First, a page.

The Thermo Scientific MOLA Model 7200a is a moisture on-line analyzer that accurately and reliably measures the concentration of hydrogenous material in a process vessel. Designed for harsh industrial applications, the rugged density gauge uses patented neutron backscatter, pulse mode, ion chamber technology to non-intrusively measure the moisture content in metallurgical grade coke and/or iron ore pellets.
Optimizing blast furnace performance is the key to improving operations and increasing profitability. The MOLA is engineered to help steel mills effectively manage the most pressing process issues, including variability in coke size, differing amounts of surface moisture, harsh environmental conditions at the point of measurement and high coke volume.
Pulse mode technology allows for excellent stability and repeatability over a wide temperature range without the need for high voltages or temperature stabilization of the circuitry. The signal from the detector is sent to a 1400A 'M' transmitter where the calculations and density compensation (external input from density gauge) are performed. The output from the transmitter is a 4 to 20 mA signal that can be set in many different units of measurement to facilitate international usage.
Like all Thermo Scientific nuclear gauges, the MOLA is easy-to-install and service. With no component exceeding 45 pounds, installation is greatly simplified. The streamlined design also allows for rapid diagnostics and servicing of the unit.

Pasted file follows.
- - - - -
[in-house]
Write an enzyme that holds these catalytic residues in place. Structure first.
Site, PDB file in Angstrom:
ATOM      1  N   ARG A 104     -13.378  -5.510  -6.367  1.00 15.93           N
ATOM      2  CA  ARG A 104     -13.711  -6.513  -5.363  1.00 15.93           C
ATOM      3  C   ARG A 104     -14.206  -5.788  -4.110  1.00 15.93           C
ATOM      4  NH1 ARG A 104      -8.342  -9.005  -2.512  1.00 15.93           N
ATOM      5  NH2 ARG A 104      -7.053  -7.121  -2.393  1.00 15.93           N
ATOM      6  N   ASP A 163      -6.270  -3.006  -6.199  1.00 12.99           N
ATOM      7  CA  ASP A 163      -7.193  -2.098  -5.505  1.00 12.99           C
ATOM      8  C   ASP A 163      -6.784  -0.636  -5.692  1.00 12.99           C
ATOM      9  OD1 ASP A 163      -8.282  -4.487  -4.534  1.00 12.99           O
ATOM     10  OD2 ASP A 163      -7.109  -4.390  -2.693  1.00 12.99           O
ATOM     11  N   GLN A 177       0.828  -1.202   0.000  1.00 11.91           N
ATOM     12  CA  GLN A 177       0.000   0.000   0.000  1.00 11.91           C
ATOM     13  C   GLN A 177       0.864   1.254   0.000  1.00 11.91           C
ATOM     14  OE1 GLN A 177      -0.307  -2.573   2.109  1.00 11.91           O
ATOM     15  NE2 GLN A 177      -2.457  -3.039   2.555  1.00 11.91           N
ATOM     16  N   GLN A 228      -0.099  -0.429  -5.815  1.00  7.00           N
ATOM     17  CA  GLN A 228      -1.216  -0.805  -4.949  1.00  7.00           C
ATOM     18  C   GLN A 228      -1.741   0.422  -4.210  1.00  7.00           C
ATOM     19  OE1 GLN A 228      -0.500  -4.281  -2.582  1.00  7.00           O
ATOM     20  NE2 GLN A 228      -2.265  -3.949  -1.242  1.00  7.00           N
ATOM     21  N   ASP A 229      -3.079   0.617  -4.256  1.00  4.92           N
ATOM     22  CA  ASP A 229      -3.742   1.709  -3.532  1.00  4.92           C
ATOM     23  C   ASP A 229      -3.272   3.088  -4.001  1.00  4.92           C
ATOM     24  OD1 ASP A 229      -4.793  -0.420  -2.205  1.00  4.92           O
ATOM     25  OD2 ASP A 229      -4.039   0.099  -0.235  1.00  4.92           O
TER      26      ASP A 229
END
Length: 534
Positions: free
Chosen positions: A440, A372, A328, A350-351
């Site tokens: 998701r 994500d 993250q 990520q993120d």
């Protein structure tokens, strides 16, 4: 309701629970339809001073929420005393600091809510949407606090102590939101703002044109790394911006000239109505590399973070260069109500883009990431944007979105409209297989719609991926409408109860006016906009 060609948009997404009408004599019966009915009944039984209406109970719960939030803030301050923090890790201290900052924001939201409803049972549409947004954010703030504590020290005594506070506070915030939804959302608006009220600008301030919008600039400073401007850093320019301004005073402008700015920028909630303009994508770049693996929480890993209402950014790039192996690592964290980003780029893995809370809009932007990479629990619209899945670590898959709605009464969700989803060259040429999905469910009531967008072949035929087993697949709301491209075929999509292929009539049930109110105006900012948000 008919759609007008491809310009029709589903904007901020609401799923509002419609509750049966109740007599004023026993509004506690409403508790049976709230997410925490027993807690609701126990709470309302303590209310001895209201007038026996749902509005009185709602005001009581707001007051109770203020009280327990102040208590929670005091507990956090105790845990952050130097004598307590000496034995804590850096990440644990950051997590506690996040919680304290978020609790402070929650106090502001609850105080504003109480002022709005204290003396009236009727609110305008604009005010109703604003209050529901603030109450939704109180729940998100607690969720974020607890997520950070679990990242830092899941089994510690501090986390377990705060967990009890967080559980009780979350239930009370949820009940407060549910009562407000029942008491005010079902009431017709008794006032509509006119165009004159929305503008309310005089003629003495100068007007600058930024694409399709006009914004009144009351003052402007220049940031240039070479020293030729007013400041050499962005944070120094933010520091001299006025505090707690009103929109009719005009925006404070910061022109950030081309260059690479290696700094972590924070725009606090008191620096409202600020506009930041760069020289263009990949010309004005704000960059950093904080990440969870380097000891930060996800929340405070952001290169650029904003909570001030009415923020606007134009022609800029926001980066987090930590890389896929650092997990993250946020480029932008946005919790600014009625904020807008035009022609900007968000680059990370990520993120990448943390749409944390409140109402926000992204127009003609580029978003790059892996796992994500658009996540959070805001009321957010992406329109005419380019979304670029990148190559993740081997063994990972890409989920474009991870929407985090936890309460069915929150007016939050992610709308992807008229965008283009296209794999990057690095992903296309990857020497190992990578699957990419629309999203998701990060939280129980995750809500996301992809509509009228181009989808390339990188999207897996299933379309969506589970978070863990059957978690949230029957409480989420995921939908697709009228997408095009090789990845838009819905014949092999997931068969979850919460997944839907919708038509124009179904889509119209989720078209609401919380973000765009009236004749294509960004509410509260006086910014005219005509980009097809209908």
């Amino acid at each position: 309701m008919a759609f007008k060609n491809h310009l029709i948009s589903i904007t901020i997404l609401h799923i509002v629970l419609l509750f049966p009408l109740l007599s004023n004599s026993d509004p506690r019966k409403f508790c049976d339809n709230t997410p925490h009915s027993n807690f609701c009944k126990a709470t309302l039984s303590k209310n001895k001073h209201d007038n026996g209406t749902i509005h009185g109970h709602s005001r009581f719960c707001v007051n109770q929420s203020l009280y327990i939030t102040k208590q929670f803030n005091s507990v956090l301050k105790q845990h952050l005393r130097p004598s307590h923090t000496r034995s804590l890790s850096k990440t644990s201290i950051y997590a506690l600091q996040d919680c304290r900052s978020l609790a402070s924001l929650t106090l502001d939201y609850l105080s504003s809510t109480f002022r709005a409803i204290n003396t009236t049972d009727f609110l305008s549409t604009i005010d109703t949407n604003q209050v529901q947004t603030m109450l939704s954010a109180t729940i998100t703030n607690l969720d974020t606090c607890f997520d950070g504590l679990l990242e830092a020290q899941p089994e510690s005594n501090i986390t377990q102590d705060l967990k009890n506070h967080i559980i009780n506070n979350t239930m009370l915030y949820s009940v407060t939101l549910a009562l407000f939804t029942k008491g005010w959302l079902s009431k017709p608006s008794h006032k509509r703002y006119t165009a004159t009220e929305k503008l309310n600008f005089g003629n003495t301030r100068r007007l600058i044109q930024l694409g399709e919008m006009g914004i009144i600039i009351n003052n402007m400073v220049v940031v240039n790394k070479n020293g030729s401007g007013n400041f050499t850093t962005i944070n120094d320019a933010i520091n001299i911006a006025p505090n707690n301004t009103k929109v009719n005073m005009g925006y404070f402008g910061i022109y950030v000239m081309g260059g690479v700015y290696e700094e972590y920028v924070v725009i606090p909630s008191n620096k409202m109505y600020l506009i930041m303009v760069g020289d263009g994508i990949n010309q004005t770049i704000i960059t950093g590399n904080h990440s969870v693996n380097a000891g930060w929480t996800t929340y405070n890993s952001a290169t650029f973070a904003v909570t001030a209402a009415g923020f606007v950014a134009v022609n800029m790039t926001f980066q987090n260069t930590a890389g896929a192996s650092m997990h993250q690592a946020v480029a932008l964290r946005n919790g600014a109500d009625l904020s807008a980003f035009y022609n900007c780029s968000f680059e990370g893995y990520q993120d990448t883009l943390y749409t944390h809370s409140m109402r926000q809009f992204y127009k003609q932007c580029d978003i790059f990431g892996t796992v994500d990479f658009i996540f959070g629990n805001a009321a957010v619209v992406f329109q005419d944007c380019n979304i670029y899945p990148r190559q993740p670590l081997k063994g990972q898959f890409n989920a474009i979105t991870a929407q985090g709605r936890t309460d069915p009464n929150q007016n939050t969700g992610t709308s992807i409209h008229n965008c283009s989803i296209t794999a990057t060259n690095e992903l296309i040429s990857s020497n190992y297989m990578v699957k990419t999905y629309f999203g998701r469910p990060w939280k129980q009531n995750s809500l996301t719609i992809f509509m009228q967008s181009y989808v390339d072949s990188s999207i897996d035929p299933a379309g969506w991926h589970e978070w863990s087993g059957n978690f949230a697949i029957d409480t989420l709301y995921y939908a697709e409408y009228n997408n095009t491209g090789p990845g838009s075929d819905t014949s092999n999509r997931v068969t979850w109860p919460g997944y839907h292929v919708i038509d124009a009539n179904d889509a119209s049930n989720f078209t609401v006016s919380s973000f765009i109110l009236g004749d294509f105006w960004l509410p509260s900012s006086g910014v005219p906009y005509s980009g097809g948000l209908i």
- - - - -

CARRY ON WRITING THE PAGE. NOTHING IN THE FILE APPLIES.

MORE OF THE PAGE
The MOLA moisture head consists of a radioisotope neutron source with appropriate shielding and an ion chamber neutron detector. The radioisotope source emits high-energy (fast) neutrons which pass through the wall of the hopper into the process material. As the fast neutrons enter the process material, they are scattered by repeated collisions with the other types of nuclei in the process material, including the hydrogen in the moisture. The scattering reflects many of the neutrons back through the hopper wall back to the MOLA.
The measurement of moisture is made possible by the fact that while the fast neutrons lose little energy in collisions with carbon, oxygen and the other nuclei in the process material, they experience a great loss of energy in collisions with hydrogen nuclei which converts them to low-energy (thermal neutrons). The number of thermal neutrons produced is proportional to the density of hydrogen in the process material.
The ion chamber detector in the MOLA produces a current output for every thermal neutron that strikes it, generating a signal that is directly proportional to the hydrogen density of the process material. If all the hydrogen in the process material is contained in the moisture, or if there is a constant amount of hydrogen contained in other forms, the current rate from the ion chamber detector can be calibrated in terms of weight of moisture per unit volume of the process material. The current rate of the ion chamber detector can be calibrated in terms of the percent-by-weight moisture in the process material if the bulk density of the process material is reasonably constant or if the optional bulk density compensation is provided.